I remember reading study that looked at all the paradoxical ways of eating, trending fads, diets, and longer term commitments, like Seventh Day Adventist vegetarians, that claimed to maintain health (and weight loss) with foods that conflicted with one another.  The South Beachers could lose weight and maintain based upon denying themselves foods that the Greeks eat daily (fat, fat and more fat).  We have the French paradox and the Chinese paradox and how can all these conflicting ways of eating still work to support healthy human life? 

The study concluded that all of the diets that did indeed improve human health had one common feature: large portions vegetables, particularly green leafies, as cornerstones to their menus.  A part of me wondering is that it's not so much the meat that makes paleo so successful, it's actually the inclusion of large servings of vegetables.

Another part of our evolving species is our big, heavy, pelvis busting brains.  See, if it's me vs the rabbit on the island, the knee jerk reaction of our species to a desperate situation is to kill something and eat it and, sure, I could do that.  I could go all paleo all over the bunny, eat the little prey, and go to sleep when the sun goes down.  Or, I could sit my ass down and think about it for a minute and it will probably occur to me to wonder, what the fuck is the bunny eating?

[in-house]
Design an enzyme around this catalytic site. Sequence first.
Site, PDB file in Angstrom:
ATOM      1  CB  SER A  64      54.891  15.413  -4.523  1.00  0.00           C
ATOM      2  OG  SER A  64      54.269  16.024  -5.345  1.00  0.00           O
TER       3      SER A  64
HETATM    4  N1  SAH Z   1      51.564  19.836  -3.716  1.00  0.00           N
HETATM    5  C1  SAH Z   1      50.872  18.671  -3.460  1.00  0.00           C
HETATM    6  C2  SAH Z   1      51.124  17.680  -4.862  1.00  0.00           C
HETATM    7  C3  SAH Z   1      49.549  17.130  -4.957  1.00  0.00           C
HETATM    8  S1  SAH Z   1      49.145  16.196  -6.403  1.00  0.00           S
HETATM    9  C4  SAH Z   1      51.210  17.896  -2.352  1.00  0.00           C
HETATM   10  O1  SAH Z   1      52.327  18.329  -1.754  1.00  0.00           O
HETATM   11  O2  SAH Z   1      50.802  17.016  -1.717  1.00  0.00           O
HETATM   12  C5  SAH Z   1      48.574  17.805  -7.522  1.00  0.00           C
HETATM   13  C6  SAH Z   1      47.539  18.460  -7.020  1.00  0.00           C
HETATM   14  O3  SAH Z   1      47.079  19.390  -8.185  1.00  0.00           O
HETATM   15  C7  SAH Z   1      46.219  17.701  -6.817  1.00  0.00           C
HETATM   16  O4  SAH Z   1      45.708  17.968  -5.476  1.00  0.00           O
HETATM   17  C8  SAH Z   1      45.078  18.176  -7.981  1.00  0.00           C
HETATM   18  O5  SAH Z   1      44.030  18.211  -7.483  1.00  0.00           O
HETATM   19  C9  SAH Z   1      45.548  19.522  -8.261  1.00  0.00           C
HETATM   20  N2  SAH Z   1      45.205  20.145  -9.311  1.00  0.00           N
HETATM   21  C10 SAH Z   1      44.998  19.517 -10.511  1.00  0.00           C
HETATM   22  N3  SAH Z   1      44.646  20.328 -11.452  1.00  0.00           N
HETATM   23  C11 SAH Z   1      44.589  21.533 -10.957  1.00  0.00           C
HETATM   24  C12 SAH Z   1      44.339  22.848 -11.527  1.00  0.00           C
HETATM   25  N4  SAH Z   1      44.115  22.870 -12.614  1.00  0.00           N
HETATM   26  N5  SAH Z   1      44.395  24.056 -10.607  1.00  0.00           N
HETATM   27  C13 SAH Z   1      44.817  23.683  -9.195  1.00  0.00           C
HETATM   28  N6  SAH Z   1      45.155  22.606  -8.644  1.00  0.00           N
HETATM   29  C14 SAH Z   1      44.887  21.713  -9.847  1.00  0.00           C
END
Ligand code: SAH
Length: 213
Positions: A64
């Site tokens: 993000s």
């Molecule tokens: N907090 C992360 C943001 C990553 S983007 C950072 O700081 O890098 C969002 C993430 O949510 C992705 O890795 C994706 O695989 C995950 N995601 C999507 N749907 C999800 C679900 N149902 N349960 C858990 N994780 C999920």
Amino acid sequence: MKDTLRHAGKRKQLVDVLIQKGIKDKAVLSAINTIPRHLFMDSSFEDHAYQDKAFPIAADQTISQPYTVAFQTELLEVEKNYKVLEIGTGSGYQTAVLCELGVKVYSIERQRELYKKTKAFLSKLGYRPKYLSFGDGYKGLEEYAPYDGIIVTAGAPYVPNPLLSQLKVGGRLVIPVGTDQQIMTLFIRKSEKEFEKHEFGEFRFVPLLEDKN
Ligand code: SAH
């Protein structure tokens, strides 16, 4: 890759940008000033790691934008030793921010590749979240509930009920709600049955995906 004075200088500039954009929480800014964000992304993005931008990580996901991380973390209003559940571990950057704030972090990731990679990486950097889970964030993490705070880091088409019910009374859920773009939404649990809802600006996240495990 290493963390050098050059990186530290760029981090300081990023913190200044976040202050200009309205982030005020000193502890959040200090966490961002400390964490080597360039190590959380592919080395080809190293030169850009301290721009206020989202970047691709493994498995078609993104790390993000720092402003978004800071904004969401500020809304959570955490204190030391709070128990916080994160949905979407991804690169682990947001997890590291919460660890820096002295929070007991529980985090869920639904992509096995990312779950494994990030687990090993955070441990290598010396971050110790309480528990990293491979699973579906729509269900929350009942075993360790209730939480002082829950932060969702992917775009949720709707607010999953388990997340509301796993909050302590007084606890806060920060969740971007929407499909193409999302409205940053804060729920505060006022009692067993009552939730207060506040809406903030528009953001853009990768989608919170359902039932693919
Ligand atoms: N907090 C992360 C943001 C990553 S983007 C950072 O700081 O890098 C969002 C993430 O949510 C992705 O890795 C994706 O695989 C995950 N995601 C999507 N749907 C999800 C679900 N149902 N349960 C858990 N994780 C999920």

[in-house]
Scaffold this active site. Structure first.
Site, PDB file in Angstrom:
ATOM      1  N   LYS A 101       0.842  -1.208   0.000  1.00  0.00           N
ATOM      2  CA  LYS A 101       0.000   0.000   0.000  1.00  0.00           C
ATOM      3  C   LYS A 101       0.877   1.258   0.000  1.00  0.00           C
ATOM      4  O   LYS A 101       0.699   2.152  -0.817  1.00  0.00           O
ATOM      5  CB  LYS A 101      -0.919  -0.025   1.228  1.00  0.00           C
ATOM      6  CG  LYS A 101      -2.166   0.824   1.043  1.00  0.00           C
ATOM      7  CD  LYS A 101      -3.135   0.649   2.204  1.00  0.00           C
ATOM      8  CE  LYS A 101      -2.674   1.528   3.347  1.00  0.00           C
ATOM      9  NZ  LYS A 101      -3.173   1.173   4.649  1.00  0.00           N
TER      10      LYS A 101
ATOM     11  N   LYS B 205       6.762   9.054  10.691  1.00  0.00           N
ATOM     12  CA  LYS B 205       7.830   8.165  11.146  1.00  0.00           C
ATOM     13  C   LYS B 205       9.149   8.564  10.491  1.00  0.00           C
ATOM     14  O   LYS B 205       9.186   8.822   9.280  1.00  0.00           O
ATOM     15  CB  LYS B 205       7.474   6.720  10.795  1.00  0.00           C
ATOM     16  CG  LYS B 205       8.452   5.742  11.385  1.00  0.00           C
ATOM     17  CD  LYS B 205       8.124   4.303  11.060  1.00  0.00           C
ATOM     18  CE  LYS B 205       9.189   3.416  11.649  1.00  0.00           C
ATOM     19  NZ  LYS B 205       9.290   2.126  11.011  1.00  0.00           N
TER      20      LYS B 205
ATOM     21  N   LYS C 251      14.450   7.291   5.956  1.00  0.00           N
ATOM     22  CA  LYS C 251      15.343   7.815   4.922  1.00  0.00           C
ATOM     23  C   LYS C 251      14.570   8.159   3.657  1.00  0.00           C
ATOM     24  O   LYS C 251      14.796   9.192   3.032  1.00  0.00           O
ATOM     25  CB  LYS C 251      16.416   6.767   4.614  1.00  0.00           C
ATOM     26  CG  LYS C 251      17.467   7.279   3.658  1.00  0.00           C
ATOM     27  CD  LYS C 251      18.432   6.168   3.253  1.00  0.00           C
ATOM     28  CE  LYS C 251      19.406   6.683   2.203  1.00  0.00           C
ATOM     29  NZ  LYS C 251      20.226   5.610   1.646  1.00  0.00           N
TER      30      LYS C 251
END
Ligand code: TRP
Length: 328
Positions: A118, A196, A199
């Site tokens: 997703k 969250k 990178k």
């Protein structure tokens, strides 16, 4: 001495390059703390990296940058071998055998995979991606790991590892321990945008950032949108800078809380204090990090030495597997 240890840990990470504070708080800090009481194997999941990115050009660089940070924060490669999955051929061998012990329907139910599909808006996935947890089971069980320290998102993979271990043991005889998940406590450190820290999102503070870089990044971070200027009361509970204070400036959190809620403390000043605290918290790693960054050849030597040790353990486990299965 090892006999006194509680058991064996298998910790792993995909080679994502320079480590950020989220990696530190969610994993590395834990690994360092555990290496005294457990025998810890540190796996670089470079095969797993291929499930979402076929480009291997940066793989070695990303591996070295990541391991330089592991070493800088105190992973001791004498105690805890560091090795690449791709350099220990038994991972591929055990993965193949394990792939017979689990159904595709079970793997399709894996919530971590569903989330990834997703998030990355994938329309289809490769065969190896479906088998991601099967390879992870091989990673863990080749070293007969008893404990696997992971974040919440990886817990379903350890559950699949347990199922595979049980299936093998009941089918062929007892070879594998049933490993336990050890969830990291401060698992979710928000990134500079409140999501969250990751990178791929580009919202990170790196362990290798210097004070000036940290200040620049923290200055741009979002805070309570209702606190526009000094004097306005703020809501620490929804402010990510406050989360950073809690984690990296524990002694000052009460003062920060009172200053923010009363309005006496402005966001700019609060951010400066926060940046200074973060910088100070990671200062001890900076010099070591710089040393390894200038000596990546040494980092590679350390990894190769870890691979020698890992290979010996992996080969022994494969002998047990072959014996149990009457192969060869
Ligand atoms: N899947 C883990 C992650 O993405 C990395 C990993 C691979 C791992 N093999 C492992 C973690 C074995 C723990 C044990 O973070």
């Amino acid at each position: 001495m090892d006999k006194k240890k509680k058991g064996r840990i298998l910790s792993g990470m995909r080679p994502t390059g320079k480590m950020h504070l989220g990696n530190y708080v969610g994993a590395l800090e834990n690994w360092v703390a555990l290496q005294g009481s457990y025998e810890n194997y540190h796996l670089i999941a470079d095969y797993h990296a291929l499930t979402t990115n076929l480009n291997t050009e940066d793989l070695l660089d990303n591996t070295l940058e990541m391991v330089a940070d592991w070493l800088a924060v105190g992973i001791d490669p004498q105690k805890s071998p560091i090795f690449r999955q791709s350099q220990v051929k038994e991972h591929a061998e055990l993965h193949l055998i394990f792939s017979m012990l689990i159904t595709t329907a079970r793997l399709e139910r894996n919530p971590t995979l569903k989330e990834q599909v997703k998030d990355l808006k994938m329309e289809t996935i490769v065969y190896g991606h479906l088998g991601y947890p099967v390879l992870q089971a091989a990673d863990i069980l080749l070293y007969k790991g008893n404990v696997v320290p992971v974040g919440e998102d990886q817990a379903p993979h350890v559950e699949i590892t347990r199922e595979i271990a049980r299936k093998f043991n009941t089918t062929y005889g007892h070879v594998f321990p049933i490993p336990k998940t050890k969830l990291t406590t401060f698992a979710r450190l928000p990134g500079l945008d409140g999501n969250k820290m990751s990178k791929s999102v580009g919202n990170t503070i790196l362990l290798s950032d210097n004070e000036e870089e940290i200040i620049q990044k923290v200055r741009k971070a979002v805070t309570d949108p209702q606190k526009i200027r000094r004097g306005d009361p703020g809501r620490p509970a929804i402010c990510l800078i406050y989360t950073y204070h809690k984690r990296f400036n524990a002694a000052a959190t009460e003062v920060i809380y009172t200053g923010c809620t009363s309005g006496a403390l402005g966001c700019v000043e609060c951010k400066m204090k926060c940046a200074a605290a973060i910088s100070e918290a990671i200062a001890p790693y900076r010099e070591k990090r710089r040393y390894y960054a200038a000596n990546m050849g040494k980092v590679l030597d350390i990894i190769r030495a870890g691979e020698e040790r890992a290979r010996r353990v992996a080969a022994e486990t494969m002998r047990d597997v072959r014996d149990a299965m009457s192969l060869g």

We are omnivores.  We sustain our lives on all sorts of foods.  We eat from the sky, the ground, the sea, and we cook it all in the sun, hot springs and in lava pits.  We carry around super computers in our skulls.  The choices we have is our predicament, they make us crazy, but they are also our way off of crazy island and all the hypothetical scenarios that are not going to happen to this prairie living girl.

I don't know if being vegan is the ultimate healthy sort of way.  I can't say that paleo is either.  I know that eating a shit ton of vegetables is a good thing and that I must painfully, with great sorrow, end my love affair with toast.  I also know that I've got a lot of other things to do with my life than sit around tinkering with my diet.